The closer election day and the more likely a positive outcome for the Democratic ticket, the more you can see and hear about Sarah Palin getting ready for a 2012 run for the nomination.
This got me wondering: has anyone ever won the nomination of their party or even the presidency after being the running mate on a losing ticket?
Follow me below the fold for what I found. Let's just say history does not bode well for Palin 2012.
What's interesting is that running for the presidency after losing the race for the vice presidency is mostly a phenomenon of the 20th century and Democrats have done so more often than Republicans.
But let's look at Sarah Palin's predecessors as their party's vice-presidential nominee first:
Bob Dole: Dole has been around a long time. So long, in fact, that he was Gerald Ford's running mate in 1976. Ford/Dole lost to Carter/Mondale that year and Dole ran for the top job in 1980. After garnering a total of 597 votes in the New Hampshire primary he dropped out. 16 years later Dole again ran for the nomination of his party, only to lose big against incumbent Bill Clinton.
Dan Quayle: Quayle of course was elected Vice President in 1988, the Bush/Quayle ticket however failed to get reelected in 1992. Quayle, whose name often pops up nowadays when Sarah Palin's qualifications are discussed, did not even bother to run for President in 1996 (for health reasons). He did however try in 2000 and said about George W. Bush: "we do not want another candidate who needs on-the-job training." He subsequently endorsed Bush after dropping out after a dismal showing in the Ames straw poll.
Jack Kemp: Remember him? He actually ran for President (1988) before he ran for Vice President with Bob Dole in 1996. After also losing that race he tried again for the 2000 nomination, failing again.
Yup, that's actually the entire list of Republican vice presidential losers trying out for the presidency. So, when you just look at that list, Sarah Palin winning the Republican nomination in 2012 would be historic and unprecedented in more than one aspect.
Now, let's take a look at the Democrats:
Richard Mentor Johnson: Who? You might say. Johnson was the 9th VP of the United States. He served under Martin van Buren and turned out to be a drag on the ticket for their reelection. After losing that election in 1840, he tried to get elected to the US Senate, win his party's nomination in 1844 and ran for Governor of Kentucky. He was unsuccessful in his efforts. He was elected to the House in 1850.
Franklin D. Roosevelt: Up to this day FDR is the only vice presidential nominee of a losing ticket of either party who managed to win the presidency. He lost with James Cox of Ohio in 1920 and, because of health reasons, did not run for political office again until 1928, being elected governor of New York. He then ran for the Presidency in 1932, 12 years after losing with Cox and won in a landslide.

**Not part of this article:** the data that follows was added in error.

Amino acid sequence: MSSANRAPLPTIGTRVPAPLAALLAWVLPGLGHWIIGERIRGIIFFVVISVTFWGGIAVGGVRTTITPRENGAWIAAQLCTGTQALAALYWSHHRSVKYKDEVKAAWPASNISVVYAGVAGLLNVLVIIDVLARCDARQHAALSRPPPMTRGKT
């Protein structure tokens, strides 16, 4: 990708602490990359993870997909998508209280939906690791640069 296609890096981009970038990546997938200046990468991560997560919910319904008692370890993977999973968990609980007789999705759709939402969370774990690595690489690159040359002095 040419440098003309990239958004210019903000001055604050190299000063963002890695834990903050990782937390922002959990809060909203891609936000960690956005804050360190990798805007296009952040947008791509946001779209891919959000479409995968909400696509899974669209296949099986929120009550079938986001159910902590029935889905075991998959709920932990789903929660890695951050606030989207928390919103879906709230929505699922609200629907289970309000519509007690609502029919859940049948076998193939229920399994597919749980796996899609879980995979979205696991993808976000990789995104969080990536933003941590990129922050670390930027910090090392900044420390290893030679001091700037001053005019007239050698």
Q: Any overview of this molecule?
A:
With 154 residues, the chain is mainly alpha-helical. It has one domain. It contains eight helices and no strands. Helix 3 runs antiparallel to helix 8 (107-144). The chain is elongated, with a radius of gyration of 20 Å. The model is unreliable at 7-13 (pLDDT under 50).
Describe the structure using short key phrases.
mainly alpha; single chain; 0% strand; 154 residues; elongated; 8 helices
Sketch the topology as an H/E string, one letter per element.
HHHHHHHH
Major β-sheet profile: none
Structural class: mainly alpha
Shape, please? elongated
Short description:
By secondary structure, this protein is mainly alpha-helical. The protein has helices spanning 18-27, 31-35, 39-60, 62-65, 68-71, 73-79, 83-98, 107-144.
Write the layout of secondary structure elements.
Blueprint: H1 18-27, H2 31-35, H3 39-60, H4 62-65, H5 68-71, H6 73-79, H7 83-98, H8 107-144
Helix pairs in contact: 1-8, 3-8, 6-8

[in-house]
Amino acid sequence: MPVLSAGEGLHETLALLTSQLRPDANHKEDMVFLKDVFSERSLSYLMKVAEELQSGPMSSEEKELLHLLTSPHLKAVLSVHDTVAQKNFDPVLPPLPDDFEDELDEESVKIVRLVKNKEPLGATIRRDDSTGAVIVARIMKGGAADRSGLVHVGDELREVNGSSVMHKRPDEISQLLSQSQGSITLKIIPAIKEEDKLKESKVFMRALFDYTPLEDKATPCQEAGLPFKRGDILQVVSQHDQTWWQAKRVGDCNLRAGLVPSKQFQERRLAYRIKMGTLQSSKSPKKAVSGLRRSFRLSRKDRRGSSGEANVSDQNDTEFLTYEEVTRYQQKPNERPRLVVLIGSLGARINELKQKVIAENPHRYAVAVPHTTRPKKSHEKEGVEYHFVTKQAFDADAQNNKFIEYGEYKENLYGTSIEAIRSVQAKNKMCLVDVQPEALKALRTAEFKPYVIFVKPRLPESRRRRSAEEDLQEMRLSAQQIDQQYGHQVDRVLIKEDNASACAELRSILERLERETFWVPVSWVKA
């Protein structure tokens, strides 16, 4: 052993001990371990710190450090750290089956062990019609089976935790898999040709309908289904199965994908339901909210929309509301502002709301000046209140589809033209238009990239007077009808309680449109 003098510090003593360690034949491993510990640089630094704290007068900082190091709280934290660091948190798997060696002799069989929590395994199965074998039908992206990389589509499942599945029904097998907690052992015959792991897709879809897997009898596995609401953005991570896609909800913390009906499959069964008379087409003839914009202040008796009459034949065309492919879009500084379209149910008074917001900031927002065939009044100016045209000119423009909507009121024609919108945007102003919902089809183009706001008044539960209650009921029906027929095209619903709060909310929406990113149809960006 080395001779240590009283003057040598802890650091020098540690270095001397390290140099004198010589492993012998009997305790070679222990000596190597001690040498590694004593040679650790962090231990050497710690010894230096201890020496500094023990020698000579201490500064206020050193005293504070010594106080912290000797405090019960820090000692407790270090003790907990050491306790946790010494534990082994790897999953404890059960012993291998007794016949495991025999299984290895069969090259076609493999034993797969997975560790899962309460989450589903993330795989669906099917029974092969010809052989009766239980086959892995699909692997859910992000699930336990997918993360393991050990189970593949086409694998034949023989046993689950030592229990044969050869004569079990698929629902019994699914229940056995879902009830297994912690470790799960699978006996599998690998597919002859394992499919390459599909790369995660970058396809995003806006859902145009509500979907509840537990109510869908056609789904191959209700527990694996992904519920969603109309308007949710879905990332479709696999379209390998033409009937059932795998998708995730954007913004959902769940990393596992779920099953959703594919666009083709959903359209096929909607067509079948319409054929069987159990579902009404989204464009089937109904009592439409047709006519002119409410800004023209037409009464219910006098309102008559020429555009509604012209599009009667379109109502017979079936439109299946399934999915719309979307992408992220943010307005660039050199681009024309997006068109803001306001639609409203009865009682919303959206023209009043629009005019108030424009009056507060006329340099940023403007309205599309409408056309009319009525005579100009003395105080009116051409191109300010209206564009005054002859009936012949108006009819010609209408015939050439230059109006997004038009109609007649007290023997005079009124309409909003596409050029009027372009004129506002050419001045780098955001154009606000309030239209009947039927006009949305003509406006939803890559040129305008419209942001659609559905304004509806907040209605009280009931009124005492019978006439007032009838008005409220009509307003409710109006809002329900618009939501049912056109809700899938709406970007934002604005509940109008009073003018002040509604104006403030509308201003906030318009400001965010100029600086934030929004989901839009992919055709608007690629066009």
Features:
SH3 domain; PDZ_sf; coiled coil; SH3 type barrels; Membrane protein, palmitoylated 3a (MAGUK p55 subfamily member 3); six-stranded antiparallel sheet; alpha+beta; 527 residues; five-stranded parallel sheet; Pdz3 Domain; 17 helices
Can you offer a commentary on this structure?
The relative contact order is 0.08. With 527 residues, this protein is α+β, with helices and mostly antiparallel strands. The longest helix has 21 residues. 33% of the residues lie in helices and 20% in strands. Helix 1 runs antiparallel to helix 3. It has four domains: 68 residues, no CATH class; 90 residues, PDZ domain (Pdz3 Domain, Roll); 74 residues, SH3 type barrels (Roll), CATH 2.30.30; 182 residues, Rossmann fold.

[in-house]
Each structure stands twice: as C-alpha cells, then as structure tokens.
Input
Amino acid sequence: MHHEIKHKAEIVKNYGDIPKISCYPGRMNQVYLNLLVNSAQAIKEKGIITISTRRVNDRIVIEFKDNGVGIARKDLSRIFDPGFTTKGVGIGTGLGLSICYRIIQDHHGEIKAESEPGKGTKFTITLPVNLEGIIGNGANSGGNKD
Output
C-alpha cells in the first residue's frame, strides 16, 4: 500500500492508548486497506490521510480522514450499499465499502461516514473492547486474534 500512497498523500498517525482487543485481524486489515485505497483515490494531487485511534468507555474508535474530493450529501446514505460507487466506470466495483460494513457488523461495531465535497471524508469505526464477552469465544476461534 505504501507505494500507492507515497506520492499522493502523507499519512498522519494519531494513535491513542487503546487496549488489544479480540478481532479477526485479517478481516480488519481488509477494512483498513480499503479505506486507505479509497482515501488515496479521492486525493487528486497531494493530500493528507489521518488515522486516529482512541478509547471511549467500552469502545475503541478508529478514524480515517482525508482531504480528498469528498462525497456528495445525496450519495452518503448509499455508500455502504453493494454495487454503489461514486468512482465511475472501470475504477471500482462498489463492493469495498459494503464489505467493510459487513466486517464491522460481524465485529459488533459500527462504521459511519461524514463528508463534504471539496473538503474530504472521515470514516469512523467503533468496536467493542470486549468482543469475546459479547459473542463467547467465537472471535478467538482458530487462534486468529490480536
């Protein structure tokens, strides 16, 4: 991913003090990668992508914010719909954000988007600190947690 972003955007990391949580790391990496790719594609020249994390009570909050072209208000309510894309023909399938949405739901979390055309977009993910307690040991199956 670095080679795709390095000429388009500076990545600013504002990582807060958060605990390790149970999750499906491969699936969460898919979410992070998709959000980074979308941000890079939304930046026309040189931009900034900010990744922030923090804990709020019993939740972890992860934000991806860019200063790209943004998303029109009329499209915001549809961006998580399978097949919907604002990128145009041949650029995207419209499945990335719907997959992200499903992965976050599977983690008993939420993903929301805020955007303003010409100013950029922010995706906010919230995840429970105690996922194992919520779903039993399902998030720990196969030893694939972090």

Edmund Muskie: Muskie was on the ticket with Hubert Humphrey losing to the Nixon/Agnew ticket in 1968. While Muskie was the frontrunner for the 1972 nomination, he eventually lost to George McGovern.
Sargent Shriver: George McGovern's last minute ersatz running mate tried out for the nomination in 1976 but did not succeed and returned to private life.
Walter Mondale: Jimmy Carter's vice president ran for and won the nomination in 1984 after losing reelection in 1980. While Mondale is the only person on this list who won the nomination of his party in the election after losing the previous race as the vice presidential candidate, he did lose in a landslide to Republican incumbent Ronald Reagan.
Geraldine Ferraro: She's the only person on this list who actually does not belong on this list as the 1984 running mate of Walter Mondale never though the presidency herself. She actually managed to do worse: Ferraro ran for the US Senate in 1992 and 1998 and lost both times - in the primary.
Joe Lieberman: Good old Joe. This is actually kinda tragic. He was the only vice presidential nominee on this list who was cheeted out of this job. Would he have become VP in 2000, it's unlikely he ever would have run for the presidency in 2004 where he lost every primary and caucus he competed in and was not even endorsed by his 2000 running mate. It's also unlikely he would have left the Democratic party (but who really knows with this guy) and maybe he would have run for the nomination this year instead of supporting the Republican nominee.
John Edwards: After running for the top job in 2004, he was chosen by the eventual winner John Kerry as his running mate. Kerry/Edwards eventually lost to Bush/Cheney and Edwards ran again in 2008. This time he only came in third behind Hillary Clinton and Barack Obama. However, the ultimate disgrace was not his second failed try for the Democratic nomination but the public unravelling of his private life.
As you can see from that list above, it's not necessarily a career boost to be the vice presidential nominee of a losing ticket. More often than not this will have been the high point of your career and it's downhill afterwards. Clearly, there are exceptions, Franklin D. Roosevelt chief among them.
But let's be frank: Sarah Palin is no FDR. From a historic perspective, Sarah Palin's chances of winning her party's nomination in 2012 are slim, her chances of winning the presidency, either 2012 or later are even slimmer.